Board files charges against ex-judge
HUNTINGTON -- West Virginia's Lawyer Disciplinary Board has filed formal charges against retired Social Security judge David B. Daugherty, allegations that could potentially strip the nearly 80-year-old of his law license.
The charges stem from a three-year investigation into whether Daugherty conspired with disability benefits attorney Eric C. Conn in a scheme that officials say improperly awarded Social Security disability benefits to hundreds of applicants.
The Disciplinary Board's statement of charges, filed April 7, allege Daugherty approved claims that did not meet government guidelines, falsified time sheets, improperly assigned Conn cases to himself and provided the Stanville, Ky., attorney with a monthly list indicating medical evidence that would be needed to reach a favorable decision in specific cases.
The board's investigative panel further charged that Daugherty failed to review the decisions of fellow judges involving the same claimants and knowingly made false statements in the disciplinary board's investigation. Each allegation violated the state's Rules of Professional Conduct.
Daugherty has until May 12 to file a written response, although Wednesday he seemed uncertain as to the path he would take. He noted his "inactive 70+" status with the West Virginia State Bar.
"I haven't practiced law in 25 or some years," he told The Herald-Dispatch. "I really don't have any particular use for my (law) license."
The allegations date back to a Wall Street Journal report in May 2011 that exposed potential waste at Huntington's Social Security office, located along 9th Street Plaza. It led to a two-year investigation by members of the U.S. Senate Committee on Homeland Security and Governmental Affairs. That committee produced a report alleging Conn and Daugherty engaged in a scheme that "enabled the judge to approve, in assembly-line fashion, hundreds of clients for disability benefits using manufactured medical evidence."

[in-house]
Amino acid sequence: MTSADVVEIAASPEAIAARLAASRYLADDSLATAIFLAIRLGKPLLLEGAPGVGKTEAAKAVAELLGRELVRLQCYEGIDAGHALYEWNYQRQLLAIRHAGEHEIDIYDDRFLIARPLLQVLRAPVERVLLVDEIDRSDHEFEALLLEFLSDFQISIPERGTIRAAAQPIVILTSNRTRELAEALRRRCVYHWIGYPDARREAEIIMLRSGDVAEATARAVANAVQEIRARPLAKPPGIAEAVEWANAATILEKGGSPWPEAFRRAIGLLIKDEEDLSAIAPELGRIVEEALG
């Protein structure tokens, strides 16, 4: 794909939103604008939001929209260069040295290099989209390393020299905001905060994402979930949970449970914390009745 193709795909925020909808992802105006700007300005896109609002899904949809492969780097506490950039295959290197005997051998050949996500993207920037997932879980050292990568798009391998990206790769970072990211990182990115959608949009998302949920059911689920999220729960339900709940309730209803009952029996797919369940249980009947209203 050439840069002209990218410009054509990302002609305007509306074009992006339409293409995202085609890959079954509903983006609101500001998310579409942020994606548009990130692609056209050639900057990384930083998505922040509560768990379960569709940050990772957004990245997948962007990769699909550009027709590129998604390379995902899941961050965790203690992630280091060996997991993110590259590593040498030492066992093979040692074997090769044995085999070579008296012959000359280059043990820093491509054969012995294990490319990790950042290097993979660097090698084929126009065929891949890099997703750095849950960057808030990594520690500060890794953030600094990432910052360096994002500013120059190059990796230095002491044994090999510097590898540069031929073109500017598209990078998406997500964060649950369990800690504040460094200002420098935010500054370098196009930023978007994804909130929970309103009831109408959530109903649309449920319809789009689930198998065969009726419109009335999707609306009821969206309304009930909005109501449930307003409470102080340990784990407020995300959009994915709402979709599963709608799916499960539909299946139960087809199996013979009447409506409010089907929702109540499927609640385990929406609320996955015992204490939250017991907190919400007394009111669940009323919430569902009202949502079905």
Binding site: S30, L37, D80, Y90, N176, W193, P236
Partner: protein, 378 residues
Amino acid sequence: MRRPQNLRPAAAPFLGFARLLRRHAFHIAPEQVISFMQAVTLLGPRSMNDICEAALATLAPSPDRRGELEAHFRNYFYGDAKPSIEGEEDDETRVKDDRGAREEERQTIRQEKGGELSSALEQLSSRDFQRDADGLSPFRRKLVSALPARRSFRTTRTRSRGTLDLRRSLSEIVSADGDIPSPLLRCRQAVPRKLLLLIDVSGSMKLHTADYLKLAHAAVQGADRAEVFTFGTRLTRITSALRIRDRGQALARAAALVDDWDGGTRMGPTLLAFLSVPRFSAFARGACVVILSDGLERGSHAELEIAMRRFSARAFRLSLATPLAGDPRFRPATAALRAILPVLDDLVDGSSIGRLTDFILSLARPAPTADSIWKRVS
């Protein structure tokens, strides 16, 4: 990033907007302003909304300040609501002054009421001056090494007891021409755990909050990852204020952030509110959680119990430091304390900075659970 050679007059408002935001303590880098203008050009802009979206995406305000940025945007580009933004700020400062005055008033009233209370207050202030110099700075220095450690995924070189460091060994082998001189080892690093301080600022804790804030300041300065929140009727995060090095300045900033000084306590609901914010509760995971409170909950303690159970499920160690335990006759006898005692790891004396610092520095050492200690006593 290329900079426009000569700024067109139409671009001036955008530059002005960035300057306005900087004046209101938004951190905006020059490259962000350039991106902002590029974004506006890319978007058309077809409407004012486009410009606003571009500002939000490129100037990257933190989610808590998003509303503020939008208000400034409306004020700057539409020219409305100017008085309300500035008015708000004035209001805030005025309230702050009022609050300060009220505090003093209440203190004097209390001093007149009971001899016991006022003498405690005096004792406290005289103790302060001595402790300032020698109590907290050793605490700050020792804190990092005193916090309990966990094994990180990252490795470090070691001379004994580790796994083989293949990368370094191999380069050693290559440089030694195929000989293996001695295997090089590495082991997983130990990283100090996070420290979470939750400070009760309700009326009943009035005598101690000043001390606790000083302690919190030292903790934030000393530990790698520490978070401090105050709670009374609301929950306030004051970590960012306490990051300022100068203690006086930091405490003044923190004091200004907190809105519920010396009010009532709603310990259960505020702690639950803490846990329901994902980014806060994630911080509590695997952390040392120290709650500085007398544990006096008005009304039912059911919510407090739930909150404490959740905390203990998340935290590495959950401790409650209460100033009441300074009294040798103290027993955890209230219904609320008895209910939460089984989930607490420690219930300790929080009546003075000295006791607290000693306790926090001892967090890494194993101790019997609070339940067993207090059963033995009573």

Daugherty's unusually high productivity and approval rate awarded more than $2.5 billion in lifetime benefits to Conn's clients and others during the judge's final years on the bench, the Senate report alleged.
Sarah Carver and Jennifer L. Griffith, two whistleblowers credited with exposing the potential waste, were pleased with the state Disciplinary Board's findings, but it doesn't quench their thirst for accountability and criminal prosecution. Both could testify at future hearings before the Disciplinary Board. Its recommendation as to possible sanctions must be approved by the state Supreme Court, a process that could take as long as a year.
"It's the proper thing to do," Carver said. "I do believe that will set an example, however I'm disappointed this is so far the only agency that's taken action that we know of."
The whistleblowers urge Kentucky bar officials to follow course and pursue similar sanctions against Conn, just as they hope Indiana officials will against Charles Paul Andrus, who was chief administrative law judge at the Huntington office during the period the alleged scheme occurred.
Daugherty on Wednesday declined comment in regards to his actions as judge, but defended himself against allegations he was dishonest with Disciplinary Board investigators. That allegation stemmed from Daugherty's assertion that he answered a congressional subpoena that requested his attendance at an Oct. 7, 2013, Senate committee hearing.
Daugherty admits he did not appear as requested, but insists he answered the subpoena with an Oct. 4 email. It notified a Senate staff attorney of Daugherty's planned absence and his unwilingness to answer the committee's questions.
The former judge cited his impression that the Senate committee already had reached its conclusion among reasons for his absence. Daugherty said its report was released prior to the hearing, leading him to question the necessity for such a proceeding.
Griffith, in acknowledging Daugherty's age and his comments Wednesday, questioned the impact of taking his law license.
"I don't know that it means anything," she said. "Quite frankly, I don't think he's taking very much of it seriously at all."
Carver, currently a senior case technician at the Huntington office, and Griffith, a former master docket clerk, stand to receive a percentage of any funds recovered should they succeed on the government's behalf with a federal lawsuit against Conn, Daugherty and others in eastern Kentucky.
Follow reporter Curtis Johnson at Facebook.com/curtisjohnsonHD and via Twitter @curtisjohnsonHD.
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